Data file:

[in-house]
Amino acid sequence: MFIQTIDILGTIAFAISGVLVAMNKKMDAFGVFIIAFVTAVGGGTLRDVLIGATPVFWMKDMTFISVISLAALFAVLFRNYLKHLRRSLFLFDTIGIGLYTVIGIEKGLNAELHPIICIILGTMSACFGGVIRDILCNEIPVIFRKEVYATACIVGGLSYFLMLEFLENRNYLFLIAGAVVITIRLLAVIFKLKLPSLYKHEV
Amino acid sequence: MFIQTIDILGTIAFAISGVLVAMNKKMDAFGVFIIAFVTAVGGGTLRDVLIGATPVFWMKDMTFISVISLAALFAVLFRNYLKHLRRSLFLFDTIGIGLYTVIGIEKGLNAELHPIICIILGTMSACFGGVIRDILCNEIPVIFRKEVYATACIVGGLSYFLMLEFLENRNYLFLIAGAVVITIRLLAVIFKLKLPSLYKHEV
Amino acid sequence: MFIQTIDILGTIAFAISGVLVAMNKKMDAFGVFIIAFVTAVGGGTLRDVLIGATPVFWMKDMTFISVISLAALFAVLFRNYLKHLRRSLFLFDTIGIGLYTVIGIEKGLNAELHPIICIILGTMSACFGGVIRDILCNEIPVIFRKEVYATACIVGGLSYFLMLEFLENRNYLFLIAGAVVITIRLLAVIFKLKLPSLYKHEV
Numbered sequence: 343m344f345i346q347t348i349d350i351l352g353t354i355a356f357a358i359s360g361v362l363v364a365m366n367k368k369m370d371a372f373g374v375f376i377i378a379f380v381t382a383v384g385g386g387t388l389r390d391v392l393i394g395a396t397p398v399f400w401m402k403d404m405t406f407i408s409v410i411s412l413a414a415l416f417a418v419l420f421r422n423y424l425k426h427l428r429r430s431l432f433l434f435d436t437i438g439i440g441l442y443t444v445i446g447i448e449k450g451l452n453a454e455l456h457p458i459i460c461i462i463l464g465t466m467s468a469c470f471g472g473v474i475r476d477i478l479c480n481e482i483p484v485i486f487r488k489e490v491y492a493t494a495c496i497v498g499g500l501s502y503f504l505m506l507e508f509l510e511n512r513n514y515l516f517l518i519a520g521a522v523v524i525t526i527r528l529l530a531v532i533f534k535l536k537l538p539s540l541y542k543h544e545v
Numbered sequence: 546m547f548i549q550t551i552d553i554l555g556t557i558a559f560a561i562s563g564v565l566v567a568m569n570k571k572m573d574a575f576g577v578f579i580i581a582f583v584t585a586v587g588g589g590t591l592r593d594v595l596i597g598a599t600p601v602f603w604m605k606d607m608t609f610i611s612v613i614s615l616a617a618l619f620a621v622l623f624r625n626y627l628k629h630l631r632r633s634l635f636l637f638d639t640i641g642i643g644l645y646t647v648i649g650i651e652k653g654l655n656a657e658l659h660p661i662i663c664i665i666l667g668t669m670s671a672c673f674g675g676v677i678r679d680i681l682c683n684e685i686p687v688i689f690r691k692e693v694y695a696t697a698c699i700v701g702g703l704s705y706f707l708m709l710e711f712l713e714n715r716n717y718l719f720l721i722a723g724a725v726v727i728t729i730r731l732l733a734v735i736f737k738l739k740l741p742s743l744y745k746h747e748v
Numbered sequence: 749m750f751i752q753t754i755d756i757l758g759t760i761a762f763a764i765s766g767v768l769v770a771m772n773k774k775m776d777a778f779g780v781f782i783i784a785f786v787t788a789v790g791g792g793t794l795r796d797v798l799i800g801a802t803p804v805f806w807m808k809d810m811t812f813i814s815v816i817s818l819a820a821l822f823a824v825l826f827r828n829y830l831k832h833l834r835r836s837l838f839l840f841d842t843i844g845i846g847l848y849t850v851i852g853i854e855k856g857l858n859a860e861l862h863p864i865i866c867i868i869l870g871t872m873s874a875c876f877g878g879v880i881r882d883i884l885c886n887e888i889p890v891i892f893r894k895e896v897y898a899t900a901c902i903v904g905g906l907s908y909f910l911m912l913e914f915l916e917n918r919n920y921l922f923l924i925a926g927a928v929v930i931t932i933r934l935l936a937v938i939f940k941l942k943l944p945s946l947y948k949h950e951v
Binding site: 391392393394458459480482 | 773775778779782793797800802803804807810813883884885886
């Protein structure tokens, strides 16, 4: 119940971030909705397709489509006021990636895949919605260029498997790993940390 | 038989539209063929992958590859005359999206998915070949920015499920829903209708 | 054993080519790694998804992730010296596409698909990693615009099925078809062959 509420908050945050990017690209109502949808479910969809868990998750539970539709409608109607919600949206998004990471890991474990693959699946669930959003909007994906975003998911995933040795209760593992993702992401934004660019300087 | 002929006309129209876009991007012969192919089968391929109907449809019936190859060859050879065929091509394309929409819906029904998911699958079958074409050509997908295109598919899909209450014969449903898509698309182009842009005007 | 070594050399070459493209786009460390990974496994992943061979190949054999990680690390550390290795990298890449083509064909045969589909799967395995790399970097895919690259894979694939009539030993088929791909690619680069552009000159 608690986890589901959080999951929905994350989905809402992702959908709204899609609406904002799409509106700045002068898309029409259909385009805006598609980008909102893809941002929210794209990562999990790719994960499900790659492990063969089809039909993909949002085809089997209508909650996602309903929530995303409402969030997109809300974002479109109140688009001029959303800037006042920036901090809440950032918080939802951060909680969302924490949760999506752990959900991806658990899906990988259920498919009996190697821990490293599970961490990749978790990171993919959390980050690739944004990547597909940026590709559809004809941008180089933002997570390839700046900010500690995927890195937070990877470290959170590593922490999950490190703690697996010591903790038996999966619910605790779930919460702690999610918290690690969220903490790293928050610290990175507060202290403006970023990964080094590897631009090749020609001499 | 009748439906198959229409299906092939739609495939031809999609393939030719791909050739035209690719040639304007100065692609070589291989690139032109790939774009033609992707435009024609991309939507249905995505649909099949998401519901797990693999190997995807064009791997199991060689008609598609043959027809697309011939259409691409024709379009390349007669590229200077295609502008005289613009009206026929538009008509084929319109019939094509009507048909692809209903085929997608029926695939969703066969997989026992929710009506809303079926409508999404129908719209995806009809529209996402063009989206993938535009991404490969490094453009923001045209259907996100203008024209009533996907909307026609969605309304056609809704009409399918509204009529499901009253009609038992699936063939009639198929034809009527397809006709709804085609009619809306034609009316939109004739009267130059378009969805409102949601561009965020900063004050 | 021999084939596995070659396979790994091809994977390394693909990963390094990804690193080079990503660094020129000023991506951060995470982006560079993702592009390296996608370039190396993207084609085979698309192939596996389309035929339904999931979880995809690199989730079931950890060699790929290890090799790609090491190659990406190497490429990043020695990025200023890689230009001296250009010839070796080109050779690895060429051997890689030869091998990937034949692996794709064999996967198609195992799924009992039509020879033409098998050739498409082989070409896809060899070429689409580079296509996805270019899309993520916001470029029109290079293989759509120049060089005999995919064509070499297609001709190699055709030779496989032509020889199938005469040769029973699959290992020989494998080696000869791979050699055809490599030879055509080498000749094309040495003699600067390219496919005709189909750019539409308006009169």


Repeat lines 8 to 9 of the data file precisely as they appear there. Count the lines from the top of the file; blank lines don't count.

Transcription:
Binding site: 391392393394458459480482 | 773775778779782793797800802803804807810813883884885886
């Protein structure tokens, strides 16, 4: 119940971030909705397709489509006021990636895949919605260029498997790993940390 | 038989539209063929992958590859005359999206998915070949920015499920829903209708 | 054993080519790694998804992730010296596409698909990693615009099925078809062959 509420908050945050990017690209109502949808479910969809868990998750539970539709409608109607919600949206998004990471890991474990693959699946669930959003909007994906975003998911995933040795209760593992993702992401934004660019300087 | 002929006309129209876009991007012969192919089968391929109907449809019936190859060859050879065929091509394309929409819906029904998911699958079958074409050509997908295109598919899909209450014969449903898509698309182009842009005007 | 070594050399070459493209786009460390990974496994992943061979190949054999990680690390550390290795990298890449083509064909045969589909799967395995790399970097895919690259894979694939009539030993088929791909690619680069552009000159 608690986890589901959080999951929905994350989905809402992702959908709204899609609406904002799409509106700045002068898309029409259909385009805006598609980008909102893809941002929210794209990562999990790719994960499900790659492990063969089809039909993909949002085809089997209508909650996602309903929530995303409402969030997109809300974002479109109140688009001029959303800037006042920036901090809440950032918080939802951060909680969302924490949760999506752990959900991806658990899906990988259920498919009996190697821990490293599970961490990749978790990171993919959390980050690739944004990547597909940026590709559809004809941008180089933002997570390839700046900010500690995927890195937070990877470290959170590593922490999950490190703690697996010591903790038996999966619910605790779930919460702690999610918290690690969220903490790293928050610290990175507060202290403006970023990964080094590897631009090749020609001499 | 009748439906198959229409299906092939739609495939031809999609393939030719791909050739035209690719040639304007100065692609070589291989690139032109790939774009033609992707435009024609991309939507249905995505649909099949998401519901797990693999190997995807064009791997199991060689008609598609043959027809697309011939259409691409024709379009390349007669590229200077295609502008005289613009009206026929538009008509084929319109019939094509009507048909692809209903085929997608029926695939969703066969997989026992929710009506809303079926409508999404129908719209995806009809529209996402063009989206993938535009991404490969490094453009923001045209259907996100203008024209009533996907909307026609969605309304056609809704009409399918509204009529499901009253009609038992699936063939009639198929034809009527397809006709709804085609009619809306034609009316939109004739009267130059378009969805409102949601561009965020900063004050 | 021999084939596995070659396979790994091809994977390394693909990963390094990804690193080079990503660094020129000023991506951060995470982006560079993702592009390296996608370039190396993207084609085979698309192939596996389309035929339904999931979880995809690199989730079931950890060699790929290890090799790609090491190659990406190497490429990043020695990025200023890689230009001296250009010839070796080109050779690895060429051997890689030869091998990937034949692996794709064999996967198609195992799924009992039509020879033409098998050739498409082989070409896809060899070429689409580079296509996805270019899309993520916001470029029109290079293989759509120049060089005999995919064509070499297609001709190699055709030779496989032509020889199938005469040769029973699959290992020989494998080696000869791979050699055809490599030879055509080498000749094309040495003699600067390219496919005709189909750019539409308006009169």